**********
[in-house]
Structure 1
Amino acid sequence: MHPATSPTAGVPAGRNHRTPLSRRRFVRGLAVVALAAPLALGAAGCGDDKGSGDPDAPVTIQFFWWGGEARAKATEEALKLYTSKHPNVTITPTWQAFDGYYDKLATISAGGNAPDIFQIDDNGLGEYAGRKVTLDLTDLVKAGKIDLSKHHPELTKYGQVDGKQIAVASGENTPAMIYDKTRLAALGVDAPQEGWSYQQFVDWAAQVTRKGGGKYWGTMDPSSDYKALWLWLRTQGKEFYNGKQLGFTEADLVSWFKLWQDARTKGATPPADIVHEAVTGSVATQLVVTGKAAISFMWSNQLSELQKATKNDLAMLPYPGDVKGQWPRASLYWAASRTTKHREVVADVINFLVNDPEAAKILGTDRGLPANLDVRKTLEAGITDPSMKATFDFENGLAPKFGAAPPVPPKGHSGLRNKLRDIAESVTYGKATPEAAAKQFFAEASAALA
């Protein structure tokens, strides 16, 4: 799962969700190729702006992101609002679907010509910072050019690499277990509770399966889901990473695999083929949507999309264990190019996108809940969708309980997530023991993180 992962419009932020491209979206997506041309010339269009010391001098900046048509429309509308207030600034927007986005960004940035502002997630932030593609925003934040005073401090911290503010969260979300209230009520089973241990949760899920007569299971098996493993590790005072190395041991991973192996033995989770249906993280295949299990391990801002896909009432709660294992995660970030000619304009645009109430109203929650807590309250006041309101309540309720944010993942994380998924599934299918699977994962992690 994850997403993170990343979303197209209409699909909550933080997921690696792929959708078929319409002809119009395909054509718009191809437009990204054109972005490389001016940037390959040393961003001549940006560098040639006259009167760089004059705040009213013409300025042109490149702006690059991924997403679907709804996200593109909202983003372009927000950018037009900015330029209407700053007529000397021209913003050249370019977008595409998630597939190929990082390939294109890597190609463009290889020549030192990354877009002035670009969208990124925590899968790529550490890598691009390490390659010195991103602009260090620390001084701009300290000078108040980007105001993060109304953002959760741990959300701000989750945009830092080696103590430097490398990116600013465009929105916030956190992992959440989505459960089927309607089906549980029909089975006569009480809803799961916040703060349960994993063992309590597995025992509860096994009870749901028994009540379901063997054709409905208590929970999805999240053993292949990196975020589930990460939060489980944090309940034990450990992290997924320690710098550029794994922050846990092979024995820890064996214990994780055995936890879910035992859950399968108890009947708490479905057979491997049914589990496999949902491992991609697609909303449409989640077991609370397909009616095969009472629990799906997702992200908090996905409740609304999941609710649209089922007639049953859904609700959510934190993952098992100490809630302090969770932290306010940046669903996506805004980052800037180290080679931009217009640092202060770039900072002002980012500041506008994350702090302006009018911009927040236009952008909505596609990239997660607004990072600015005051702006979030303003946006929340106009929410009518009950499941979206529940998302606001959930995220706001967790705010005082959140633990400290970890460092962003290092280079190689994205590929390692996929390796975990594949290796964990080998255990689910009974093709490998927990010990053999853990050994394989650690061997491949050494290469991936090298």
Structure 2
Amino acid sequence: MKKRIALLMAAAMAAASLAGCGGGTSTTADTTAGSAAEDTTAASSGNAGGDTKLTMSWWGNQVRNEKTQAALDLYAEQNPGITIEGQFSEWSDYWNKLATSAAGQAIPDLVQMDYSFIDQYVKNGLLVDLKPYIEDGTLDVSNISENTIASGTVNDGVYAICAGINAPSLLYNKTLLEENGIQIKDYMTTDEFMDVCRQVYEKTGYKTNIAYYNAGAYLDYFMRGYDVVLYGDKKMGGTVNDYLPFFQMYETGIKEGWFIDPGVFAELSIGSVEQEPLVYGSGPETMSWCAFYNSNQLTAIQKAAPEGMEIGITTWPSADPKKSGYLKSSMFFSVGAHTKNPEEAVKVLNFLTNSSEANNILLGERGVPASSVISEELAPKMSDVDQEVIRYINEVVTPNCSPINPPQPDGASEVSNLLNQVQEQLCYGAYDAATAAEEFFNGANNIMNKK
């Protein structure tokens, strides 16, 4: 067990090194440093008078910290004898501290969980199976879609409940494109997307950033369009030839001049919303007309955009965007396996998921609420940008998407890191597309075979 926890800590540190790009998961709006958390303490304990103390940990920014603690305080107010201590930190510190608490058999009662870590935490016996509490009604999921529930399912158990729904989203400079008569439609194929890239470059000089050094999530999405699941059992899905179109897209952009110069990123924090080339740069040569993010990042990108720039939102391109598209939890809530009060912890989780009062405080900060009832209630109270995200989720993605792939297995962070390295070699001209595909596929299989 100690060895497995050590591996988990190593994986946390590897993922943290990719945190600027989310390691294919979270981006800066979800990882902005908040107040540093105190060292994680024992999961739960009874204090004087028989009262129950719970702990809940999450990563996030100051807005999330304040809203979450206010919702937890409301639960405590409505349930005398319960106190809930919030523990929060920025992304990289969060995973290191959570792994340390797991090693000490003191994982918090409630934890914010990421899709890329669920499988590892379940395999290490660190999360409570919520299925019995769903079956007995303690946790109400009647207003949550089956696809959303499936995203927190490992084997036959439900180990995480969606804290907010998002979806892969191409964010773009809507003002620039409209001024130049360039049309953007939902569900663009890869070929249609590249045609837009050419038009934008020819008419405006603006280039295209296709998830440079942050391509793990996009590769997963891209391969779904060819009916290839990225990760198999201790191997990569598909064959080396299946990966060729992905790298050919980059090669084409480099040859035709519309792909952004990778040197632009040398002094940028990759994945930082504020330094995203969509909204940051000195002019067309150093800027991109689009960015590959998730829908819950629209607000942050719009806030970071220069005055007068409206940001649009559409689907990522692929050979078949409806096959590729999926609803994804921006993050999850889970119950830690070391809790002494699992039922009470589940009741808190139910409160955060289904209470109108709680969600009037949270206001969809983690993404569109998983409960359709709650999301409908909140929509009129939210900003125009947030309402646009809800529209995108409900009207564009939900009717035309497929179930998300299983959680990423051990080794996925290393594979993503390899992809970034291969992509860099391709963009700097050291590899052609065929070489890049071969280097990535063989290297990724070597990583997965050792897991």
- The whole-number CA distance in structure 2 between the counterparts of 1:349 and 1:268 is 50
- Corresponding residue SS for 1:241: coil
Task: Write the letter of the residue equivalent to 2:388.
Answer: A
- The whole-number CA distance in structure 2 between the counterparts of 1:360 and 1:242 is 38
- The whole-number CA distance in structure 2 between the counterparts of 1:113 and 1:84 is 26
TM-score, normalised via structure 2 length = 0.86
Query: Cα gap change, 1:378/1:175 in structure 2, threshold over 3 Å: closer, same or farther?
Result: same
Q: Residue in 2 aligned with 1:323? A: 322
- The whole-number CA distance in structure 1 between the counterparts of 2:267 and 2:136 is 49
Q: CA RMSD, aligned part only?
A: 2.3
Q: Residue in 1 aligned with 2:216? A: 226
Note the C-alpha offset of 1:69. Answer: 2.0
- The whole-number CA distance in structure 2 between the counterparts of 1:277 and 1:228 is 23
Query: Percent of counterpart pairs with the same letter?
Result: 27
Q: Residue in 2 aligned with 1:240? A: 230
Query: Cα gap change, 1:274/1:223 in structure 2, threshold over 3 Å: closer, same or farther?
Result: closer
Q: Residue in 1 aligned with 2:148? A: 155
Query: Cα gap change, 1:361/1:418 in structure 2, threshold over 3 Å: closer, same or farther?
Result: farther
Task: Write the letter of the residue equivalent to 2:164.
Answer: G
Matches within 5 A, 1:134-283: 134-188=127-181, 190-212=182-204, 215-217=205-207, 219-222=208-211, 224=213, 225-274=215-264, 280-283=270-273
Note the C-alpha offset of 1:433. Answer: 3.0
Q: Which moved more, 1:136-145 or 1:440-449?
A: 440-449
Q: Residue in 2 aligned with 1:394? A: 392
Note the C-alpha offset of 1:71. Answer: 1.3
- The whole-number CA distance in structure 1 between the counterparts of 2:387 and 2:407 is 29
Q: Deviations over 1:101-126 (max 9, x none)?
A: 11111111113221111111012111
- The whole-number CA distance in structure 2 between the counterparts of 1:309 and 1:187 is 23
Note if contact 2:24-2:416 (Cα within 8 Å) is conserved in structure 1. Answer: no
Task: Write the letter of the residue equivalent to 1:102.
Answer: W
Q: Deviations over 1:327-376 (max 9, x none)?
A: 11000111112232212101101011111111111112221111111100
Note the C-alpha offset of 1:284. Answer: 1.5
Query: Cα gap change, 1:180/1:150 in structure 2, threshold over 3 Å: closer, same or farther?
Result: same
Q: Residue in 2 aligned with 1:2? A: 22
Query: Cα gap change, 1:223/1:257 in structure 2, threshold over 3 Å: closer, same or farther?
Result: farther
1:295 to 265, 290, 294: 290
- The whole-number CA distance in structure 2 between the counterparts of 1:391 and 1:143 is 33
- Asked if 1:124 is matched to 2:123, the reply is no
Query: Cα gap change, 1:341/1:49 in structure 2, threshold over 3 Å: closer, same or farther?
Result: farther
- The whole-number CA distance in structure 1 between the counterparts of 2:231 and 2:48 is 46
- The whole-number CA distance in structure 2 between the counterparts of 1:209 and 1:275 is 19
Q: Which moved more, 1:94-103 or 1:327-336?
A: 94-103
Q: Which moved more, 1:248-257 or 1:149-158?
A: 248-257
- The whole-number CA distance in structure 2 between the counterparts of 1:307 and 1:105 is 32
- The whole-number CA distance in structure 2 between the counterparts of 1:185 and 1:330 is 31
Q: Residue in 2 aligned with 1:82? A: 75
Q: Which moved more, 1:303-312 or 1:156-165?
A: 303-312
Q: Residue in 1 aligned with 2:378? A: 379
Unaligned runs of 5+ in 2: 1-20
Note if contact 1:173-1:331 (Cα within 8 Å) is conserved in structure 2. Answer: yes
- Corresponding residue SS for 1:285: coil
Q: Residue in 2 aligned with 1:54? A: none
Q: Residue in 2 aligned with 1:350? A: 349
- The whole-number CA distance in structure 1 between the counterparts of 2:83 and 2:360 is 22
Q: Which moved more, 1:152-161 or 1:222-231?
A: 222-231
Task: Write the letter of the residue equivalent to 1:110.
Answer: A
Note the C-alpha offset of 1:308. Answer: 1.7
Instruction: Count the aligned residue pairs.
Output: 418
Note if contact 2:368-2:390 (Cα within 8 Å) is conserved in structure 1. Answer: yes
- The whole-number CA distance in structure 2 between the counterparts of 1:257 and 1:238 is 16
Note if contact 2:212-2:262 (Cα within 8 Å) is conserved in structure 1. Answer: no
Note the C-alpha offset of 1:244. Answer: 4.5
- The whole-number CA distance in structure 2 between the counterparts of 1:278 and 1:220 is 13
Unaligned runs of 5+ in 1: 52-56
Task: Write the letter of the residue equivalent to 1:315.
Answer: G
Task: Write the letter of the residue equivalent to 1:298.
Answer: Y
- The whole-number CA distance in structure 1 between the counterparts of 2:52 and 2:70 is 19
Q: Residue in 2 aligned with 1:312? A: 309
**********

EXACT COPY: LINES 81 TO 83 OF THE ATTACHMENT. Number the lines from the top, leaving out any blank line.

Answer: A
Note the C-alpha offset of 1:308. Answer: 1.7
Instruction: Count the aligned residue pairs.